Thirty five patients with CHB who received IFN-based therapy were enrolled in the study (mean ± standard deviation age, 36.7±8.5 years; 27 males and 8 females). Overall, 21 received PEG-IFN monotherapy and 14 received IFN and ADV combination therapy. The decision to use IFN monotherapy or IFN and ADV combination therapy was made by the attending physician. The serum HBsAg titer was determined using an Abbott Architect HBsAg quantative II assay (Abbott Laboratories, Abbott Park, IL, USA). Serum HBV DNA levels were measured using a quantitative PCR assay (Abbott Laboratories). Serum aspartate aminotransferase (AST), alanine aminotransferase (ALT), albumin, and total bilirubin concentrations, and the international normalized ratio (INR) for prothrombin time were measured using standard laboratory procedures. We examined the factors associated with a decrease in the HBsAg titer of >1.0 log IU/ml from baseline to the end of treatment and at 24 weeks after treatment.

The present study was conducted between November 2011 and June 2013 by Kobe University Hospital and three affiliated hospitals in Hyogo prefecture. The study protocol was approved by the Ethics Committee at Kobe University Hospital, and written informed consent was obtained from each patient before starting treatment.

Statistical analysis

Statistical analyses were performed using SPSS v16 software (SPSS Inc., Chicago, IL, USA). P<0.05 was considered to indicate a statistically significant difference.

Results

Serological and virological characteristics of the patients

The patient backgrounds are summarized in Table I. The mean age of the patients was 36.7±8.5 years. Overall, 29 patients had genotype C and 1 patient was genotype A. Twenty patients (57%) were positive for HB envelope antigen (HBeAg). Serum HBsAg, HBcrAg, and HBV-DNA were significantly lower in patients who received IFN monotherapy than in patients who received combination therapy.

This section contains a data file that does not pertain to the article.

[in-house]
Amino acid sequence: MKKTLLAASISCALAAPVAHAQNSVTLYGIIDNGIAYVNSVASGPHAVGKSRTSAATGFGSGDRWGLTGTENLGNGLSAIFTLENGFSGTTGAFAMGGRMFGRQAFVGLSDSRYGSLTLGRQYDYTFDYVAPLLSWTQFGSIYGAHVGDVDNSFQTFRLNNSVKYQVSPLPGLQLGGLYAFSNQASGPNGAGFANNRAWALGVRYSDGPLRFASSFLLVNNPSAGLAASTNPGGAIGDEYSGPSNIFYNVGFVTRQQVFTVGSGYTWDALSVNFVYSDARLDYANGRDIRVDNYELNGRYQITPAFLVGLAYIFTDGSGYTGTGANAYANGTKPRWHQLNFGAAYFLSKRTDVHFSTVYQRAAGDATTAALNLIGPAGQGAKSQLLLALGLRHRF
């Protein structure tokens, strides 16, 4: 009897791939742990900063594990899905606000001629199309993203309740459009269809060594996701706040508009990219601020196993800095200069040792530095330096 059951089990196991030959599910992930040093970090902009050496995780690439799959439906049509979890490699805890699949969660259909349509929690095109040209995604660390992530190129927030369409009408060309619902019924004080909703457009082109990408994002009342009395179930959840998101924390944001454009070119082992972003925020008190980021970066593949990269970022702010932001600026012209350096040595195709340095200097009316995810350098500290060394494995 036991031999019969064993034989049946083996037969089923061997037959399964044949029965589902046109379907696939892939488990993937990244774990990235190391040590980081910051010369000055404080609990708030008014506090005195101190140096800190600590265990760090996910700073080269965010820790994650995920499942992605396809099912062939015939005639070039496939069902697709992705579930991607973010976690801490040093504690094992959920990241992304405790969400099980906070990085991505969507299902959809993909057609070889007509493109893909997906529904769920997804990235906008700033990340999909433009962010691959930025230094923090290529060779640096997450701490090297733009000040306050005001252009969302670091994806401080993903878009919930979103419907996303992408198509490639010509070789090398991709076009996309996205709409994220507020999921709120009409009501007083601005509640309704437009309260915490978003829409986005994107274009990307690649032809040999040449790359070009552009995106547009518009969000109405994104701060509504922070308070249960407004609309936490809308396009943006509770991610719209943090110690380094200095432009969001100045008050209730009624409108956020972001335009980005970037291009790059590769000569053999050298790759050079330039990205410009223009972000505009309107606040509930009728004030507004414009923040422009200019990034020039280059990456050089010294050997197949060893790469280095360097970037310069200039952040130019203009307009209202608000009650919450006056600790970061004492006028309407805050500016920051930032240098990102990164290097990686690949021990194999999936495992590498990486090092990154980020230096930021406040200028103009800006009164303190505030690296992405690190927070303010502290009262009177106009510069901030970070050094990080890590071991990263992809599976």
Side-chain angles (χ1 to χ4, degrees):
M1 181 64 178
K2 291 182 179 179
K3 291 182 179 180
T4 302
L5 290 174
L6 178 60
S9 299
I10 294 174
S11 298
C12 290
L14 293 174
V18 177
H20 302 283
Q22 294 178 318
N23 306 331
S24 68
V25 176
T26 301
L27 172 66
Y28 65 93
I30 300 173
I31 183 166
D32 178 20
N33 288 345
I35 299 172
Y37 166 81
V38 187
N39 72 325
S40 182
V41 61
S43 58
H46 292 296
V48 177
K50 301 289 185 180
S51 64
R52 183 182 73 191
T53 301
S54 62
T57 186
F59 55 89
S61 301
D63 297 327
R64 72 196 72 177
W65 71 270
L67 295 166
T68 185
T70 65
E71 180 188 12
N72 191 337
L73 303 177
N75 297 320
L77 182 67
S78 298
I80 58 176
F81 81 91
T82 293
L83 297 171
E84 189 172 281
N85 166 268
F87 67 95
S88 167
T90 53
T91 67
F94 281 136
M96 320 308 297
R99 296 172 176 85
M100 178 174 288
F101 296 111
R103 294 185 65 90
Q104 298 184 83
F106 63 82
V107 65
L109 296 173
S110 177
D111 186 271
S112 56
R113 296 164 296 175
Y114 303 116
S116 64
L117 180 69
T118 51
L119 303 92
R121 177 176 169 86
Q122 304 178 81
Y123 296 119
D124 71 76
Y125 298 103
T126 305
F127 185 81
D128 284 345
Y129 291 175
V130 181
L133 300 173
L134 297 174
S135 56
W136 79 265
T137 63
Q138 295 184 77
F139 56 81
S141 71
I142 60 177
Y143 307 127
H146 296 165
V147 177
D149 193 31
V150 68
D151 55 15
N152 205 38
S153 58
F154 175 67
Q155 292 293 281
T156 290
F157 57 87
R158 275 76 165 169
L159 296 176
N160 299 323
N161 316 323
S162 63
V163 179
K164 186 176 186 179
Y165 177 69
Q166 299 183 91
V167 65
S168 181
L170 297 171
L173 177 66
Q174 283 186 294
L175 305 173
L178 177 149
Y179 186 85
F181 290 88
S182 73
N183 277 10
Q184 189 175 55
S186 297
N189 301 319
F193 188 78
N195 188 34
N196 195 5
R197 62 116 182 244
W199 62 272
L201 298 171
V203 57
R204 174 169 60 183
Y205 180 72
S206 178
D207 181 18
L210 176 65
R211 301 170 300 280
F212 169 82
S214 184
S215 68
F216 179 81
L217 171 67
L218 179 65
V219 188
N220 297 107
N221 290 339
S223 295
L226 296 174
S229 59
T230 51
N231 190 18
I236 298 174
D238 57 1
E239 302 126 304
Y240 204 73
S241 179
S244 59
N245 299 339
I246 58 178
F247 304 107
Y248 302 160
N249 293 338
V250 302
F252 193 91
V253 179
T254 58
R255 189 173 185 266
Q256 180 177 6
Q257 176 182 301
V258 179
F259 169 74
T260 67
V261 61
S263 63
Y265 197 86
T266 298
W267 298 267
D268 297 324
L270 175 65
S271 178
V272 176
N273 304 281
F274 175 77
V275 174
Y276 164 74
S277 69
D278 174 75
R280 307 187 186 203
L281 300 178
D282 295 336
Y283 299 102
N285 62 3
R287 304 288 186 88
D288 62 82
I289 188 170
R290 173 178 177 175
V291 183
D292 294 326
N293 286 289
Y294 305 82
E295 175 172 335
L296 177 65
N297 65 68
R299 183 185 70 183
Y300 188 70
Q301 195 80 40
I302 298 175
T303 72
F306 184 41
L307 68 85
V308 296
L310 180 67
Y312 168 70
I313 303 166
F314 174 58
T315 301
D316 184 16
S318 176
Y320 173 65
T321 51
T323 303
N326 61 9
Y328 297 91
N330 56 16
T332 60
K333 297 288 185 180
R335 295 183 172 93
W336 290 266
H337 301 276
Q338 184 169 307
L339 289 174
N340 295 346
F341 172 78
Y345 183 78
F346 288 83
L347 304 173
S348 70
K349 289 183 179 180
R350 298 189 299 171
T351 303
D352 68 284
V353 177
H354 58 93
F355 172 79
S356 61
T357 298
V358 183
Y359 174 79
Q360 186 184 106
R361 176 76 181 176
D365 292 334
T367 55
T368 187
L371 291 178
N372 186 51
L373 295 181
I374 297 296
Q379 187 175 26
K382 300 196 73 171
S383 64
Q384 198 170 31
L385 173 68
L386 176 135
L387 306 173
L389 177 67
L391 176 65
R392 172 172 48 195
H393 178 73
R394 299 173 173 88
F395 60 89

Table I.
Clinical characteristics of patients before treatment.

HBsAg, HBV-DNA, and ALT levels during and after therapy

The mean HBsAg titer, HBV-DNA level, and ALT level in patients who received IFN monotherapy or combination therapy are shown in Fig. 1. The mean HBsAg titer and HBV-DNA level before therapy were much greater in patients who received combination therapy than in those who received IFN monotherapy. The mean ALT and HBV-DNA levels in patients who received combination therapy had re-increased at 24 weeks after treatment.

Figure 1.
HBsAg titers, HBV-DNA levels, and ALT levels during and after therapy. (A) HBsAg titers, (B) HBV-DNA levels, and (C) ALT levels during and after treatment with IFN monotherapy or IFN and ADV combination therapy. HBV-DNA, hepatitis B virus DNA; ALT, alanine ...